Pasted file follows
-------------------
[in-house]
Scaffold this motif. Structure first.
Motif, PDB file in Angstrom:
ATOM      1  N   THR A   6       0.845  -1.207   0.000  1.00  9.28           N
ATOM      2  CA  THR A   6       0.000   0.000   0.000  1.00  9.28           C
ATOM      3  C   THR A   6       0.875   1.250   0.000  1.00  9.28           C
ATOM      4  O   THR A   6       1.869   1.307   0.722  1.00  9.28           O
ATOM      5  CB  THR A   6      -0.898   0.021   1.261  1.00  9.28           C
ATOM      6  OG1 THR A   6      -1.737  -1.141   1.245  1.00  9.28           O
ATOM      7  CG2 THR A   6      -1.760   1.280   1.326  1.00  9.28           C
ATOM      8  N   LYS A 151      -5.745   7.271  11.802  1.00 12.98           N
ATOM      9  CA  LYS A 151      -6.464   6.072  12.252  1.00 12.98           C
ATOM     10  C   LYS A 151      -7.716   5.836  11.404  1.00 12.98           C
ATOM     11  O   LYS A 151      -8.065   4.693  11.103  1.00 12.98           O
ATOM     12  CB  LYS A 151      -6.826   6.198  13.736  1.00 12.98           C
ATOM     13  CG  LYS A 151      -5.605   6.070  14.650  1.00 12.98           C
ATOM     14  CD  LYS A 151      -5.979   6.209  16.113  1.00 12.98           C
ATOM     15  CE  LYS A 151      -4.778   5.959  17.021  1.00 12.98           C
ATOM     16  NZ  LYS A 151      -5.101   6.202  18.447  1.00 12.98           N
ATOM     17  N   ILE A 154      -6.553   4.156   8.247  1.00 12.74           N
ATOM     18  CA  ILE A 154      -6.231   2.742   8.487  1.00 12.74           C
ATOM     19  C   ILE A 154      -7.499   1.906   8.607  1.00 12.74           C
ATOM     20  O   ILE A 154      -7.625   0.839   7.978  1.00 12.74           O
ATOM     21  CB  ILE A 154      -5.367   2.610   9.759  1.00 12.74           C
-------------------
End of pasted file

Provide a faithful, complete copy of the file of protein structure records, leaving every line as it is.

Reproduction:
[in-house]
Scaffold this motif. Structure first.
Motif, PDB file in Angstrom:
ATOM      1  N   THR A   6       0.845  -1.207   0.000  1.00  9.28           N
ATOM      2  CA  THR A   6       0.000   0.000   0.000  1.00  9.28           C
ATOM      3  C   THR A   6       0.875   1.250   0.000  1.00  9.28           C
ATOM      4  O   THR A   6       1.869   1.307   0.722  1.00  9.28           O
ATOM      5  CB  THR A   6      -0.898   0.021   1.261  1.00  9.28           C
ATOM      6  OG1 THR A   6      -1.737  -1.141   1.245  1.00  9.28           O
ATOM      7  CG2 THR A   6      -1.760   1.280   1.326  1.00  9.28           C
ATOM      8  N   LYS A 151      -5.745   7.271  11.802  1.00 12.98           N
ATOM      9  CA  LYS A 151      -6.464   6.072  12.252  1.00 12.98           C
ATOM     10  C   LYS A 151      -7.716   5.836  11.404  1.00 12.98           C
ATOM     11  O   LYS A 151      -8.065   4.693  11.103  1.00 12.98           O
ATOM     12  CB  LYS A 151      -6.826   6.198  13.736  1.00 12.98           C
ATOM     13  CG  LYS A 151      -5.605   6.070  14.650  1.00 12.98           C
ATOM     14  CD  LYS A 151      -5.979   6.209  16.113  1.00 12.98           C
ATOM     15  CE  LYS A 151      -4.778   5.959  17.021  1.00 12.98           C
ATOM     16  NZ  LYS A 151      -5.101   6.202  18.447  1.00 12.98           N
ATOM     17  N   ILE A 154      -6.553   4.156   8.247  1.00 12.74           N
ATOM     18  CA  ILE A 154      -6.231   2.742   8.487  1.00 12.74           C
ATOM     19  C   ILE A 154      -7.499   1.906   8.607  1.00 12.74           C
ATOM     20  O   ILE A 154      -7.625   0.839   7.978  1.00 12.74           O
ATOM     21  CB  ILE A 154      -5.367   2.610   9.759  1.00 12.74           C